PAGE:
How Middlesex County is helps addicts’ loved ones connect with help
In Middlesex County, there's another example of law enforcement moving to help the addicted in their struggle to kick their habit.
The newly unveiled Blue Cares program is "law enforcement working in conjunction with our health partners," Middlesex County Prosecutor Andrew Carey said.
Among them: The Woodbridge Township Health and Human Services Addiction Recovery program, the Wellspring Center for Prevention, and county health services.
"Quite often, officers arrive on a scene, they Narcan an individual — literally bring them back to life," Carey said. But we recognize that this is just the beginning of the stages of truly helping that person to regain their life. And in law enforcement, we want to do all we can to truly save a life in this instance."
The Blue Cares program aims to provide addicts' friends and family members with the connections and assistance to get them the help they need.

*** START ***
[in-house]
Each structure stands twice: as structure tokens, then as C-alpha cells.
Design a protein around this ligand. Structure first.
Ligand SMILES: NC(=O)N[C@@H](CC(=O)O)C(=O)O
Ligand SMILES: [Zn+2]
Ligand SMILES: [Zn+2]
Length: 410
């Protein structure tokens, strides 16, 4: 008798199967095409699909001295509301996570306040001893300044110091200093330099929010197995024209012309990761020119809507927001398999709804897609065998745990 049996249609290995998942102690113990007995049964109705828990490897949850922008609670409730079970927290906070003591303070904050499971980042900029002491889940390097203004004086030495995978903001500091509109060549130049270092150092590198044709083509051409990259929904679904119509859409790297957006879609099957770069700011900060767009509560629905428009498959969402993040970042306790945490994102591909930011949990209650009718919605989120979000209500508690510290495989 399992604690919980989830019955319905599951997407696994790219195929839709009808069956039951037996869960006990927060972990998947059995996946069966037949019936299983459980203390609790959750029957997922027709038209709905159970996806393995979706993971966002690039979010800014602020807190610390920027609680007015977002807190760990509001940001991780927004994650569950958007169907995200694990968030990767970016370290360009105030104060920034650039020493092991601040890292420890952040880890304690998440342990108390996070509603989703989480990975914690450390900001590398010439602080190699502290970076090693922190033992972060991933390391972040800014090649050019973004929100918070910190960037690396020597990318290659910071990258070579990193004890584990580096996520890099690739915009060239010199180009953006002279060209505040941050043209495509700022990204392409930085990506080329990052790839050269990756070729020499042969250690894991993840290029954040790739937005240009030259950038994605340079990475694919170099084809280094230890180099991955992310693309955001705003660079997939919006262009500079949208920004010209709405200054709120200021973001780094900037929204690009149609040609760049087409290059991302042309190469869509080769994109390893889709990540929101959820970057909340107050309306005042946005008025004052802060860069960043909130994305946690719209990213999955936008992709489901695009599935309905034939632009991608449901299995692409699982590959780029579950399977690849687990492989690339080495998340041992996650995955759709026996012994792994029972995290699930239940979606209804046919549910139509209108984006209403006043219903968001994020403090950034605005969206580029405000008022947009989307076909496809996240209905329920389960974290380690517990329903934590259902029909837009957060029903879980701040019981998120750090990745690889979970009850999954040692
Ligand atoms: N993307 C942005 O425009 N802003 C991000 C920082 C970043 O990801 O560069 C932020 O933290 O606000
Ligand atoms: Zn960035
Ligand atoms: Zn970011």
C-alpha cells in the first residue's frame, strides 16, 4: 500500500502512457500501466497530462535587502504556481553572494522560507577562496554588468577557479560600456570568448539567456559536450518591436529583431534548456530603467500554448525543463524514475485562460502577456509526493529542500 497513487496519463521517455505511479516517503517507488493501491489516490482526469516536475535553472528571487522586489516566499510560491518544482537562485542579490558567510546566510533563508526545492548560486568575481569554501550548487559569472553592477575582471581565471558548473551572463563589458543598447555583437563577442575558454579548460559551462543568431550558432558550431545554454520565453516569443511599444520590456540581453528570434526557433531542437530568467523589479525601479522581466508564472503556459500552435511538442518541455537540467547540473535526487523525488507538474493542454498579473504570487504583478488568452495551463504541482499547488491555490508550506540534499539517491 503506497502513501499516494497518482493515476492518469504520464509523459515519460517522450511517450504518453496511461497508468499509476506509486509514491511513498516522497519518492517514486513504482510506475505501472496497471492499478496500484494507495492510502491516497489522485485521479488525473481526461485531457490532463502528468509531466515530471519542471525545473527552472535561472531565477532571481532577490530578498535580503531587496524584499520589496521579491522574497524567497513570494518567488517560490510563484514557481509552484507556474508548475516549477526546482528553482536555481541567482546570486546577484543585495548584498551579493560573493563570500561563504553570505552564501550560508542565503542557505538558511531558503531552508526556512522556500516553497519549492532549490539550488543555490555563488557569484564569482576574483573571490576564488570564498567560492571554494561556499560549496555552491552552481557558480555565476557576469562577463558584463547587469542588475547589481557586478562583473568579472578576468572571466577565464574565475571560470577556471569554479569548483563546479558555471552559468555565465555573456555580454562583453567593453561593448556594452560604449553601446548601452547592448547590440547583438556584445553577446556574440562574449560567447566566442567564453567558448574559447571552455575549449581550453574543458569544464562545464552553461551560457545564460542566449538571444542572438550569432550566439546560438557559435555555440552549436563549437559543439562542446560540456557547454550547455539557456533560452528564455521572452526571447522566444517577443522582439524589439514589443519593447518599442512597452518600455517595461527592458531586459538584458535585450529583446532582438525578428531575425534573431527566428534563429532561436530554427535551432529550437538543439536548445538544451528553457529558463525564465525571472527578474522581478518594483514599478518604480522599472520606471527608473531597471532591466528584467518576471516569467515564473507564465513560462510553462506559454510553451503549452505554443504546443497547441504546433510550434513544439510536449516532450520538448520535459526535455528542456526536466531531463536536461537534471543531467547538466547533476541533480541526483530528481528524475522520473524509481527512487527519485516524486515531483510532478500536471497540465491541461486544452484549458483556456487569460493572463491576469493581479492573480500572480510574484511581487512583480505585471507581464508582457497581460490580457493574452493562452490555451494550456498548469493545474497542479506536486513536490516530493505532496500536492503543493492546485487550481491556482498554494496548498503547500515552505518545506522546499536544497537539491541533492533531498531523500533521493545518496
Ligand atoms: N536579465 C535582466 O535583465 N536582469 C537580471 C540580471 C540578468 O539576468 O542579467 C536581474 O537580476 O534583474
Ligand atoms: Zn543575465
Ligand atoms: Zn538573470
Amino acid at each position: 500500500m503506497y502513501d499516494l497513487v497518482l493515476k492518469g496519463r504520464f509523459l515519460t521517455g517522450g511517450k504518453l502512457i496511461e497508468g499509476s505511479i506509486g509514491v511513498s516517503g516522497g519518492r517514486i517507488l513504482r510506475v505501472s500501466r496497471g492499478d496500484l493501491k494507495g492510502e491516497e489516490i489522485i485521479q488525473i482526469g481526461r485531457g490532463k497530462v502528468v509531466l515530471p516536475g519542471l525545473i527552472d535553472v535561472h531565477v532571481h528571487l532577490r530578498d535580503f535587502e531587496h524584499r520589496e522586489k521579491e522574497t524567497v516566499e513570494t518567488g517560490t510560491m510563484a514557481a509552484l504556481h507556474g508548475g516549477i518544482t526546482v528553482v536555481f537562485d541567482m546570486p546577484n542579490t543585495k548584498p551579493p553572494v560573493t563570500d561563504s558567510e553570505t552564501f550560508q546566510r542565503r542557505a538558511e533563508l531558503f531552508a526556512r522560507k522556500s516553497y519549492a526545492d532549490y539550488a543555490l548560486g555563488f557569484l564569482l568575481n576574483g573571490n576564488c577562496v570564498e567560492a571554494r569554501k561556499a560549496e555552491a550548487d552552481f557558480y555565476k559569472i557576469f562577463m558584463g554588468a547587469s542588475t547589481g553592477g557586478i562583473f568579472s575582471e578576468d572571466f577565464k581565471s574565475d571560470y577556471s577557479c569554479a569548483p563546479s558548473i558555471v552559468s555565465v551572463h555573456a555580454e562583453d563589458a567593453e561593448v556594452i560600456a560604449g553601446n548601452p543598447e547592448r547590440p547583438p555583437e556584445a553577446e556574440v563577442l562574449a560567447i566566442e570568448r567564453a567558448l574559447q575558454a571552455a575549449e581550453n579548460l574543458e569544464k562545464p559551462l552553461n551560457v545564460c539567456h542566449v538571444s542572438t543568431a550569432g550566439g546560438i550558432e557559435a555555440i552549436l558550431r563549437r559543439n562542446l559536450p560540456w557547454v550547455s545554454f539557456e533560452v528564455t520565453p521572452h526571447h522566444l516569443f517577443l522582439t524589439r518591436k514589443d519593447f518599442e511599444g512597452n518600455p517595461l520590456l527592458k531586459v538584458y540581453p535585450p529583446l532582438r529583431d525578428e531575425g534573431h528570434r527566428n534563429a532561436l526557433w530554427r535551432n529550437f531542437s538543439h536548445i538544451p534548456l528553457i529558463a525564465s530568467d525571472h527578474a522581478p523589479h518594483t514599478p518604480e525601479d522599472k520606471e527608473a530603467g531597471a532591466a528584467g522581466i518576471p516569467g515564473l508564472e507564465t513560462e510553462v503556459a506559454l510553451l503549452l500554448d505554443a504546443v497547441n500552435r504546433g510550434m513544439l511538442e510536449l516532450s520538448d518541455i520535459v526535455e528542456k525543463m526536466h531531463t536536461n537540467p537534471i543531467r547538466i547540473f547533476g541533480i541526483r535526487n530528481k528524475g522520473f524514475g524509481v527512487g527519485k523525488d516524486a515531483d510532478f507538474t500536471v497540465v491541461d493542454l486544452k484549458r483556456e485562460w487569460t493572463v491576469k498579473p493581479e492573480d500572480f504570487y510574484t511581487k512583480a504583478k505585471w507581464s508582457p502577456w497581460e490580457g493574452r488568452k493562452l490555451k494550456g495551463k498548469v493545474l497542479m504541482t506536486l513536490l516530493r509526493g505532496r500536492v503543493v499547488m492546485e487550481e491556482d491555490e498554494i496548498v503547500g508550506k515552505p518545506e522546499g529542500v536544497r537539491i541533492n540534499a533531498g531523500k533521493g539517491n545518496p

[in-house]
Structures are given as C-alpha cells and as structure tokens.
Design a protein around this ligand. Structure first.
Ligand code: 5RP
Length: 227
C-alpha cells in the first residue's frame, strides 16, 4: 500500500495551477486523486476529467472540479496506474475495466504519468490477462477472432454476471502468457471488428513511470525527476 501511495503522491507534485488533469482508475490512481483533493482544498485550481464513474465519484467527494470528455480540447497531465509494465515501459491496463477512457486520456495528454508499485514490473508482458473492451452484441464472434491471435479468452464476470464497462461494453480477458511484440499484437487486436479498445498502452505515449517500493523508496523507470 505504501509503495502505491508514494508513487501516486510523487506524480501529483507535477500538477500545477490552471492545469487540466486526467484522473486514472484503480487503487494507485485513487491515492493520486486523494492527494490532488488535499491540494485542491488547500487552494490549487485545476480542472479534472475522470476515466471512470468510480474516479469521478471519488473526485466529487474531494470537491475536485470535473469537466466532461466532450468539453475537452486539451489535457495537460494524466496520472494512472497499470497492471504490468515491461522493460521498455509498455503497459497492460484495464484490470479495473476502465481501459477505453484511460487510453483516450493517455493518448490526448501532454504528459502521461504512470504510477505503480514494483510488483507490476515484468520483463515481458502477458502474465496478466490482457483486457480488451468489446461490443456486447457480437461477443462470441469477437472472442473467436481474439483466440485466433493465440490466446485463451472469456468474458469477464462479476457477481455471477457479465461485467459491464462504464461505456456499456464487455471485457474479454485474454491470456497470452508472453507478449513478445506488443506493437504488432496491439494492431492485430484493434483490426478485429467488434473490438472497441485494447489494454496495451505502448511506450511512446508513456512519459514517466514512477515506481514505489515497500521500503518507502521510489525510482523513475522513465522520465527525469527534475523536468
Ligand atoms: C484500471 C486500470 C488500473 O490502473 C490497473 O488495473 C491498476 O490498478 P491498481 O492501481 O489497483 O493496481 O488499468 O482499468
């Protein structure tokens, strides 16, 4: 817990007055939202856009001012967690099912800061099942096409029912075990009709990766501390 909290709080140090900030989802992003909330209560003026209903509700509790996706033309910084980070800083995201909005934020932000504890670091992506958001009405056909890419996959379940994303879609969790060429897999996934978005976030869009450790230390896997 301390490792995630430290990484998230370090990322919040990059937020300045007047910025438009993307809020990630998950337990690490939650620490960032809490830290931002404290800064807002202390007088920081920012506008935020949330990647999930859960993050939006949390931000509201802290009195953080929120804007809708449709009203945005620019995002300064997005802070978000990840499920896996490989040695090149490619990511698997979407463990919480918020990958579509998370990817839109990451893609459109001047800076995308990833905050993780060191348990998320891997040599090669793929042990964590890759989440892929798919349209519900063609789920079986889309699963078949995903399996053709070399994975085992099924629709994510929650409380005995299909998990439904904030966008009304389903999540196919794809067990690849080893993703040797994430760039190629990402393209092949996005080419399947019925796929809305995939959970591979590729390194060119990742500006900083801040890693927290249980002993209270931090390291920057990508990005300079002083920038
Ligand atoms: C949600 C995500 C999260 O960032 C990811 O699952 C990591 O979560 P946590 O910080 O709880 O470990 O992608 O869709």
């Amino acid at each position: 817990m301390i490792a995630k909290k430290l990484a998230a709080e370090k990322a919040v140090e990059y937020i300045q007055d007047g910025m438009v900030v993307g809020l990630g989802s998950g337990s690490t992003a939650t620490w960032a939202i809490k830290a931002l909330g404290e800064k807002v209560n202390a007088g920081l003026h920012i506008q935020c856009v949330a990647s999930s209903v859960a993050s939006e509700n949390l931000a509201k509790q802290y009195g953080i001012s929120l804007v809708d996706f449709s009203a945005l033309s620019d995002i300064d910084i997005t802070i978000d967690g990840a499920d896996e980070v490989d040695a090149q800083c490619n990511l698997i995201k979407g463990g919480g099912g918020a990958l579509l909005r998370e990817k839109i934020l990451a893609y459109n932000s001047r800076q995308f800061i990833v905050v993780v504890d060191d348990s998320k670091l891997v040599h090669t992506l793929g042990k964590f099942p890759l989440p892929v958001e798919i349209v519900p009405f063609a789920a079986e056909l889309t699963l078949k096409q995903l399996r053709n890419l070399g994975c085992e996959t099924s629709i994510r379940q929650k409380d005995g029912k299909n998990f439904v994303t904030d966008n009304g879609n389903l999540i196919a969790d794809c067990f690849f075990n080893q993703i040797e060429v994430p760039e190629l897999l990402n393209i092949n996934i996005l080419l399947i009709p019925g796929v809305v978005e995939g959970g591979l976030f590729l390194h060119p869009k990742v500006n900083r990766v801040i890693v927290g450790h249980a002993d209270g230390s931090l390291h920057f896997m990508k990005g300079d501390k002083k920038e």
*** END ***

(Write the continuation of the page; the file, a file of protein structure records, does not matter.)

Police down to the street level are ready to promote Blue Cares to chronic drug offenders.
"When you have law enforcement pushing, your family members pushing, and friends pushing it, we think there's a greater chance of them seeking the treatment and getting the help they need," Chief of County Detectives Gerard McAleer said.
He's been involved with prevention for more than 10 years, having previously worked at the Drug Enforcement Administration.
"And in that position we spoke about the addiction problem becoming greater in New Jersey since 2006," McAleer said. "So now we are trying to do is to reach out to the families of those afflicted and try to help them. A lot of times they feel helpless because they see their family member going down that path of addiction."
Similar programs are up and running in other parts of the state, in cooperative efforts between law enforcement and treatment and counseling resources.
Joe Cutter is the afternoon news anchor on New Jersey 101.5
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